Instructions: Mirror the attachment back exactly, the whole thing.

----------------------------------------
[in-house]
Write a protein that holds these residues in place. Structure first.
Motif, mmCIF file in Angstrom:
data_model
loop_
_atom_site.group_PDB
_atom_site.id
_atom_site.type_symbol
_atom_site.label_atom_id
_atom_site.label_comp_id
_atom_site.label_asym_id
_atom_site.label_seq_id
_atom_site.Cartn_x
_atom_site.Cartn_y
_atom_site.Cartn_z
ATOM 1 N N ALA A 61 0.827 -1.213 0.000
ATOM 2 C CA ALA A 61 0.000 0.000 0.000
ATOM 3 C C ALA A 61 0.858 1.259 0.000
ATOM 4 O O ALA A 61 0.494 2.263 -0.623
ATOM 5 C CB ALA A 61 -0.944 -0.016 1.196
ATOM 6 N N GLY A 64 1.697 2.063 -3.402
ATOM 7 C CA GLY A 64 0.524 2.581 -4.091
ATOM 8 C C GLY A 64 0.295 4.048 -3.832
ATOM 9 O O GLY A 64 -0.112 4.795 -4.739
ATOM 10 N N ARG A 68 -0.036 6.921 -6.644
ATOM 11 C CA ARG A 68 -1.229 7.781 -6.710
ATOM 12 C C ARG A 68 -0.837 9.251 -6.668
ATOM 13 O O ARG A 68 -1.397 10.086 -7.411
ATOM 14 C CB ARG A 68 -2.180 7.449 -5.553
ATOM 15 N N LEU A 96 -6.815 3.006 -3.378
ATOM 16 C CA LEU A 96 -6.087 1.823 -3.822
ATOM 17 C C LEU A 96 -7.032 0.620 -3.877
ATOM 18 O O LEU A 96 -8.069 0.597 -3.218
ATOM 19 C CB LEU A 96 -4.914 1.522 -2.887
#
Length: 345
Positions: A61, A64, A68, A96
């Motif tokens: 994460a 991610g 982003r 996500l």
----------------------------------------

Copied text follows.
[in-house]
Write a protein that holds these residues in place. Structure first.
Motif, mmCIF file in Angstrom:
data_model
loop_
_atom_site.group_PDB
_atom_site.id
_atom_site.type_symbol
_atom_site.label_atom_id
_atom_site.label_comp_id
_atom_site.label_asym_id
_atom_site.label_seq_id
_atom_site.Cartn_x
_atom_site.Cartn_y
_atom_site.Cartn_z
ATOM 1 N N ALA A 61 0.827 -1.213 0.000
ATOM 2 C CA ALA A 61 0.000 0.000 0.000
ATOM 3 C C ALA A 61 0.858 1.259 0.000
ATOM 4 O O ALA A 61 0.494 2.263 -0.623
ATOM 5 C CB ALA A 61 -0.944 -0.016 1.196
ATOM 6 N N GLY A 64 1.697 2.063 -3.402
ATOM 7 C CA GLY A 64 0.524 2.581 -4.091
ATOM 8 C C GLY A 64 0.295 4.048 -3.832
ATOM 9 O O GLY A 64 -0.112 4.795 -4.739
ATOM 10 N N ARG A 68 -0.036 6.921 -6.644
ATOM 11 C CA ARG A 68 -1.229 7.781 -6.710
ATOM 12 C C ARG A 68 -0.837 9.251 -6.668
ATOM 13 O O ARG A 68 -1.397 10.086 -7.411
ATOM 14 C CB ARG A 68 -2.180 7.449 -5.553
ATOM 15 N N LEU A 96 -6.815 3.006 -3.378
ATOM 16 C CA LEU A 96 -6.087 1.823 -3.822
ATOM 17 C C LEU A 96 -7.032 0.620 -3.877
ATOM 18 O O LEU A 96 -8.069 0.597 -3.218
ATOM 19 C CB LEU A 96 -4.914 1.522 -2.887
#
Length: 345
Positions: A61, A64, A68, A96
């Motif tokens: 994460a 991610g 982003r 996500l």